Verse of Encouragement: Hope

The sermon I heard today was about pouring our hearts out to God. Several years ago, when I was reading David’s story, I remember thinking, “I can’t believe he just said that to God.” But God called David “a man after his own heart.” “His” being “God’s.” David had an intimate relationship with God, in part because David knew he could be honest in his feelings toward God. Why do we think God is going to be offended by how we feel? Why do we think God is going to strike us down with a bolt of lightning if we admit to him, “God, I am angry at you!”

Our God is a big God, and, as my pastor made clear this morning, “God already knows your heart.” Why hide out of a sense of reverence, respect, or fear? He already knows, and he can handle us at our rawest, ugliest, sobbiest moments, because those moments are often when we are the most honest and unguarded.

He came to bind up the brokenhearted (Isaiah 61:1), so why do we try to hide our hearts from him? The author of Lamentations hurt so bad that there was no holding back how he felt:

He [God] pierced my heart
with arrows from his quiver.
I became the laughingstock of all my people;
they mock me in song all day long.
He has filled me with bitter herbs
and given me gall to drink.
He has broken my teeth with gravel;
he has trampled me in the dust.
I have been deprived of peace;
I have forgotten what prosperity is.
So I say, “My splendor is gone
and all that I had hoped from the Lord.”

Lamentations 3:13-18, NIV

Wow, says I, that is a lot of blaming God for one’s circumstances. Is the author exaggerating? Is he being literal? Or is he finding the strongest metaphors possible to express his pain in the most raw, honest way he can? There is so little hope to be found in these verses, how could I possibly post them under the heading “Verse of Encouragement”?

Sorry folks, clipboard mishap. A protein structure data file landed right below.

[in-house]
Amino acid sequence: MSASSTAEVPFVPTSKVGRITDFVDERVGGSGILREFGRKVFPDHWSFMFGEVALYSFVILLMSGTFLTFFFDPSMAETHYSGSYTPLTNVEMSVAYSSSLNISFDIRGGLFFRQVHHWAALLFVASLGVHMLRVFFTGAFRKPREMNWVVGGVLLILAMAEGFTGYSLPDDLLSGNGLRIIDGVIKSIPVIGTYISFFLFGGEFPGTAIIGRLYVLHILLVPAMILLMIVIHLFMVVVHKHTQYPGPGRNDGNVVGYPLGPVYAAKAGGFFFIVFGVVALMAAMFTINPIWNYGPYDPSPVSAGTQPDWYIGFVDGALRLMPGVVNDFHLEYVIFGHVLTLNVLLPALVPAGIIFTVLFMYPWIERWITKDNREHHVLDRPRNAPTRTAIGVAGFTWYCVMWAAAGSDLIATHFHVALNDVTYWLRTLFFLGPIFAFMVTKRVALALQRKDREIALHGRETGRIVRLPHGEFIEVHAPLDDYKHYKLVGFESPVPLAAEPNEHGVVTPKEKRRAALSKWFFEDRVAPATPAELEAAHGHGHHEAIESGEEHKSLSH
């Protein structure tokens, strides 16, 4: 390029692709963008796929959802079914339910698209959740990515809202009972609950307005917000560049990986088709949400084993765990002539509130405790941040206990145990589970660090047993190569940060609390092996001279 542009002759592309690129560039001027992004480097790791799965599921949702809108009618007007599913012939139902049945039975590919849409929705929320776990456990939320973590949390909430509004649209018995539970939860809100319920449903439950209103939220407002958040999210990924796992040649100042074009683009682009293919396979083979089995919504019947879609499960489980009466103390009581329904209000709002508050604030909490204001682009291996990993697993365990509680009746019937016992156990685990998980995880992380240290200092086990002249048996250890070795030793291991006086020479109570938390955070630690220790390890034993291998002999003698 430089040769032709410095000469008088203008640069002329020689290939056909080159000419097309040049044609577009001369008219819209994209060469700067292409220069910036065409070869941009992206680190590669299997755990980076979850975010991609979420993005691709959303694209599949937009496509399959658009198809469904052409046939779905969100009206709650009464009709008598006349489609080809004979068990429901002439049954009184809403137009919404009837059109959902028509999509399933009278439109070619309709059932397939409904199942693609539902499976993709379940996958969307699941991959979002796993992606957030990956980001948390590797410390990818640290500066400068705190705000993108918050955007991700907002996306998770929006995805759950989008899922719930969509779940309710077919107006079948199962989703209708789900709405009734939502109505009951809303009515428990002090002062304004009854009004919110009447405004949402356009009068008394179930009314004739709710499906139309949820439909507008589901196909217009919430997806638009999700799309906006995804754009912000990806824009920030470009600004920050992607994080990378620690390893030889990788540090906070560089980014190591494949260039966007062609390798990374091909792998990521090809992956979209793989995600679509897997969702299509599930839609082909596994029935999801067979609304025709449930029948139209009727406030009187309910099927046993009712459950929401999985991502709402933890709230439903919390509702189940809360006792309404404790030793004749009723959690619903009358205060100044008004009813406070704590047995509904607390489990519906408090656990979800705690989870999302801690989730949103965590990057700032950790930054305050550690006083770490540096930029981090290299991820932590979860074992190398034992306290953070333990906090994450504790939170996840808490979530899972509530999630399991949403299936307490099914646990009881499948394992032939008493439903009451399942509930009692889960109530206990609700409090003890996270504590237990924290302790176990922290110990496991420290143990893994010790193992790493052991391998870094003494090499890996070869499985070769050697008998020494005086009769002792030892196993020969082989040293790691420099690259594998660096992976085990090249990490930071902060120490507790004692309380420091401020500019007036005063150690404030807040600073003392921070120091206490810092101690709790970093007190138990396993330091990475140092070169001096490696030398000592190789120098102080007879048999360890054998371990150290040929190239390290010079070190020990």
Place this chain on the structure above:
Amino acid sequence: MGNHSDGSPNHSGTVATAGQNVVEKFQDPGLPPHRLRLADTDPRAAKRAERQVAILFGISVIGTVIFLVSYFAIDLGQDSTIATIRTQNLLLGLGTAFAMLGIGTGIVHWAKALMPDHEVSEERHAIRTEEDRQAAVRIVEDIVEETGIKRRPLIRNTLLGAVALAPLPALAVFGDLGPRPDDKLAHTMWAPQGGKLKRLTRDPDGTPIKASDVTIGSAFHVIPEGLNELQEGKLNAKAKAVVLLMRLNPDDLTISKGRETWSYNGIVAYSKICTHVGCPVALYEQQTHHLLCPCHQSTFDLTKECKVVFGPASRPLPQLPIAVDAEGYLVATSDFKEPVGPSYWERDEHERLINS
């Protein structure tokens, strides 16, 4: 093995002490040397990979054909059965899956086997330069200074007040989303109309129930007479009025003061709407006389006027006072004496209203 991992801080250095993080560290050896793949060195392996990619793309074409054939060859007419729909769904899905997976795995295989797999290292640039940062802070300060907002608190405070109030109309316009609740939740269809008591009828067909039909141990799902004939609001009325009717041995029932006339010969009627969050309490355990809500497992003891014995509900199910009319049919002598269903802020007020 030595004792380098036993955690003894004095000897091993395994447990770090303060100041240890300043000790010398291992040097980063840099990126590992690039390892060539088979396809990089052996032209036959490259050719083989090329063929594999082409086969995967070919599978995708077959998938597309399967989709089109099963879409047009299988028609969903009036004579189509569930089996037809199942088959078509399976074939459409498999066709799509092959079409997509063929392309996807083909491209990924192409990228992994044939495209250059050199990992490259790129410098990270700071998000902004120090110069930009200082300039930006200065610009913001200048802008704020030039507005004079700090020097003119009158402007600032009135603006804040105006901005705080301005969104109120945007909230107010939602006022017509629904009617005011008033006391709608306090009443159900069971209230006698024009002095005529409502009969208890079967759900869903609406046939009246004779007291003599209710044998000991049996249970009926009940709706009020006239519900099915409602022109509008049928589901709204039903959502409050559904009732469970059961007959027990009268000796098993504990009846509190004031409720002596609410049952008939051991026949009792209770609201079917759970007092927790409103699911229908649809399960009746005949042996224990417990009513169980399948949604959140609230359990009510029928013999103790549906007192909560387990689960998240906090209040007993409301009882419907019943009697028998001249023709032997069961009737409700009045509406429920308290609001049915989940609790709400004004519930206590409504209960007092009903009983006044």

Because the suffering is not the whole story, nor the end of the story. The author pours out his heart, then as my pastor phrased it, “pushed through the pain to find the praise.”

I remember my affliction and my wandering, (“suffering and homelessness,” NLT),
the bitterness and the gall.
I well remember them,
and my soul is downcast within me.
Yet this I call to mind
and therefore I have hope:
Because of the Lord’s great love we are not consumed,
for his compassions never fail.
They are new every morning;
great is your faithfulness.

Lamentations 3:19-23, NIV

Who was it who pointed out to me that the verse doesn’t say, “Nothing bad will happen to you”? It says “we are not consumed.” Life throws some dirty punches, no mistake. We might not be spared the loss, the betrayal, the illness. No matter what happens, God has got our back. Without the tragedies, the set-backs, the horrible mistakes, who would I be today? Have I let bitterness dictate who I am, or hope? Sometimes it’s hard for me to tell. Would my character be on the road to refinement? Would I ever learn compassion for others? Would I grow in my faith? Would I learn to listen to that still, small voice and be able to tell the difference between God speaking and my own imagination or desires?

I hate pain. I hate having to be patient one more day and one more day. I hate it when I screw up again and hurt someone I love. I hate it when loved ones die. But because God loves me, I am not consumed. If I let him, he sustains, he strengthens, he shapes. He has endless compassion for me, even when I mess up big time. He wants this independent loner to need him, to seek him, to include him, to grow confident in him, and I’m pretty sure he finds it utterly precious when I finally break and cry out to him.

When I have unburdened myself to him, only then I can remember what he has done for me and those I love, what he promises still to do on our behalf. Then hope pours in to replace the pain.

What is burdening you? Tell him. He doesn’t need fancy language, formal reserve, or grand gestures of reverence. He wants to hear your heart poured out, honest and true and raw. He can handle it. He’s that big. He loves you that much.

Advertisements

Verse of Encouragement: Healthy Thoughts